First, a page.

The opening lyrics of that song are eerily descriptive of stuff you could say about LeBron right now:

“It’s like a lose/lose, already my rep ruined
How I beat dude we know will accept losing?
Under Achiever was a underachiever
Almost thought you would come with the Ether

Rep ruined? Check.

Dude we know will accept losing? Check.

Underachiever? Check.

Almost thought he would come with the Ether (in Game 5)? All the checks.

“Your Apathy Speaks Volumes”

Unfortunately, this year’s NBA Draft day video from the Stephen A. Smith Heckling Society is sort of like the Godfather III of the series — we are all obligated to watch it and, ultimately, it’s not even horrible, but the bar had been set so high by its predecessors that you cannot be anything but disappointed.

Aside from the line that became the title of this post and the line about Rubio, there’s not a lot here.

But, much like Godfather III did for Godfathers I & II, this one does at least remind you that you should go back and re-watch the originals. Another silver lining: No Sofia Coppola.

In other post-Draft news, this happened. You gotta love it when Joe Budden comes off as the articulate one. Now, normally, I would be the first one to kid around about this cause there are some pretty funny lines in there, but since most people are obviously going to be in an uproar about this and take it all seriously and talk about how this represents not only why Brandon Jennings himself is a failure at life but why this whole generation of NBA players has sullied the good name that the NBA had back in the days of Larry & Magic even though Larry Bird likely said stuff that was worse than this about other players every day and Magic cheated on his wife constantly, let’s all just pre-emptively calm down and realize that a throwaway conversation between Brandon Jennings and Joe Budden is really not that serious. He was speaking off the cuff in a laid-back setting and just talking junk as people are wont to do. Is it funny? Certainly. Is it major news? Certainly not.

Meanwhile, it looks like Brandon was incorrect in prognosticating that his new team would re-sign Charlie Villanueva, who was not given a qualifying offer by the Bucks today and has already said his goodbyes to his cheese- and beer-loving fans. Looks like Buddens was spot on that “that bum-a** n****” Luke Ridnour will not be backing up Brandon at the PG this year and, instead, the Bucks will be throwing all their available cash at Ramon Sessions to be the starter…further proving my theory that Joe Budden knows more about the NBA than Stuart Scott.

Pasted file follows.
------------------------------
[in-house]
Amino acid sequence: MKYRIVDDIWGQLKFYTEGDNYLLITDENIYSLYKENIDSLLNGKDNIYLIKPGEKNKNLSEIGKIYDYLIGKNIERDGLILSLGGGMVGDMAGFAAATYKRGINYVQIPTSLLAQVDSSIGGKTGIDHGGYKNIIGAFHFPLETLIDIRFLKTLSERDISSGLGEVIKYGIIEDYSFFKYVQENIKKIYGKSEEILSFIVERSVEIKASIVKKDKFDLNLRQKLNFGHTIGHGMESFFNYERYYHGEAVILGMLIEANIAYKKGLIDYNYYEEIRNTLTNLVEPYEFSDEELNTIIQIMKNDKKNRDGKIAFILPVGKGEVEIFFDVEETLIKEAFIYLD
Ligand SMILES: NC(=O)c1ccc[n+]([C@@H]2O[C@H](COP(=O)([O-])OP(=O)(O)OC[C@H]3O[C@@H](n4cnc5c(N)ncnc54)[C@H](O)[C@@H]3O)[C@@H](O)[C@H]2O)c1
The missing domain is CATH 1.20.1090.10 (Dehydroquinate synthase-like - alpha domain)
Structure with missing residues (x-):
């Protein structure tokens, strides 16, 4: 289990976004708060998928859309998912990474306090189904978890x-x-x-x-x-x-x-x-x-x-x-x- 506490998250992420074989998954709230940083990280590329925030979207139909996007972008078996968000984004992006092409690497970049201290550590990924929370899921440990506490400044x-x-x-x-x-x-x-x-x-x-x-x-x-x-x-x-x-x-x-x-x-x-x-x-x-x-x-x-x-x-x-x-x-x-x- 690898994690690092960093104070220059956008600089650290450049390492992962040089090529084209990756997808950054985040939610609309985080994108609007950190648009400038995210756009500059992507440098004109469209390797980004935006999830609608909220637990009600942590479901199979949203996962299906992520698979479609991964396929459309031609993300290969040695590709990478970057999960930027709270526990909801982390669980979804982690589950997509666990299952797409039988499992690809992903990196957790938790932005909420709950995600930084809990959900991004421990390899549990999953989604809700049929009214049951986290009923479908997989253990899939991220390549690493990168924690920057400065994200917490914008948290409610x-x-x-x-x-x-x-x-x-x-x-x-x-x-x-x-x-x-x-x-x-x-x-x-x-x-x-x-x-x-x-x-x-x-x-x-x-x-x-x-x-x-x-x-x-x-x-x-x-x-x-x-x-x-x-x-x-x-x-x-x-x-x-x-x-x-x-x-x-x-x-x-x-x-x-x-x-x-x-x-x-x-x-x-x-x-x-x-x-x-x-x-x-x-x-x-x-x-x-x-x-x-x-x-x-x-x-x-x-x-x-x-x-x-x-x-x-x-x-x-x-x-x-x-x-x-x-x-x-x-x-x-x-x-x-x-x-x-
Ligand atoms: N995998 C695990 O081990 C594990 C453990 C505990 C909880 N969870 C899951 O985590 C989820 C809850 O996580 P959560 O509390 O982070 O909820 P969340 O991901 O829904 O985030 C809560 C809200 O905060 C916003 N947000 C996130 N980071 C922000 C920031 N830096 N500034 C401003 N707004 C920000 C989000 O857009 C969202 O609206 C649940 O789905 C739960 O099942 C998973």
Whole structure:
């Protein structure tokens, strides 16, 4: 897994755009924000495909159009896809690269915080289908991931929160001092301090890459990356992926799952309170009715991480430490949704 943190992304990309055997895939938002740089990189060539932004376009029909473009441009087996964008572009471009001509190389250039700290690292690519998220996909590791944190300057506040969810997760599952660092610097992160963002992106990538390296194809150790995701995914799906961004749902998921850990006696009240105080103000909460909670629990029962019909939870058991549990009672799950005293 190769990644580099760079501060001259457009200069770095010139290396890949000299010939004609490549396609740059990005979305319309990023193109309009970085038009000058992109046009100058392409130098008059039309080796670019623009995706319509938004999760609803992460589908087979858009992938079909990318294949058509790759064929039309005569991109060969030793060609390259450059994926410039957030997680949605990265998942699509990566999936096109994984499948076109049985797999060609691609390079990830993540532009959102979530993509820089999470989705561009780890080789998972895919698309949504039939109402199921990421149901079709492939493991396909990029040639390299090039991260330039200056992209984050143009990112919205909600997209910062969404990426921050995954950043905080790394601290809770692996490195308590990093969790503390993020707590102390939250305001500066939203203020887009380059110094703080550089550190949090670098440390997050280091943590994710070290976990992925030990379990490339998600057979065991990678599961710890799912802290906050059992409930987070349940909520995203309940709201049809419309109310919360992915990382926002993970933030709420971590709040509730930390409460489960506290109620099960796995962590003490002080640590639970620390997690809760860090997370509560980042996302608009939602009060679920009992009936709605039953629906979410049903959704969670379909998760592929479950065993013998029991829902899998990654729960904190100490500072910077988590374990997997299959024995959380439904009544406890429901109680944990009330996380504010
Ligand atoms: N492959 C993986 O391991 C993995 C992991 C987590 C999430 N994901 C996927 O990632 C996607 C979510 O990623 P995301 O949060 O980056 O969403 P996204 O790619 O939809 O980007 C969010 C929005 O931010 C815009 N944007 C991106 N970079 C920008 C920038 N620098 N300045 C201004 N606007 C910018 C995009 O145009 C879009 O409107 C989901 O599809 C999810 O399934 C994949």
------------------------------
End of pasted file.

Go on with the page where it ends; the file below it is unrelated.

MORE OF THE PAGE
Unfathomably, Kareem Abdul-Jabbar has become the most underrated player of all time. Among people born before 1975, he often tops the list of best players to ever lace em up. But as they do with Dr. J, many people under the age of 35 tend to see Kareem as an after-thought in the greatest of all time discussion and even stretch reality far enough to consider guys like Hakeem and Shaq yo be his superiors. Some people even regard him as the NBA version of Nolan Ryan — a guy who was really, really good at one thing and broke a bunch of records because he played forever.

Hopefully, most everyone reading this regards such opinions as the utter nonsense that they are. Kareem is at worst one notch behind Michael and Wilt along with other second-tier guys like Larry, Magic and Russell. The videos at the end of this post help show two of the reasons why. And kudos to both ESPN and JA Adande for putting together “Secrets of the Skyhook,” a must-view multimedia feature that includes a fantastic article, two great videos and several historical photos.

As a sports blogger, I guess I am for some reason not supposed to like ESPN all that much. Well, I certainly take issue with the direction that some programs on the Worldwide Leader have opted to take in the past few years, but, obviously, ESPN provides more amazing sports coverage in any given six months than the whole sports blogosphere has in its entire history. The collection of knowledge the network has amassed is staggering. To think that a Top 10 player of all-time like Magic Johnson qualifies as a throwaway talking head for the network is astounding. Every week, a truly great segment, article, production or creative endeavor of some other sort emerges from Bristol.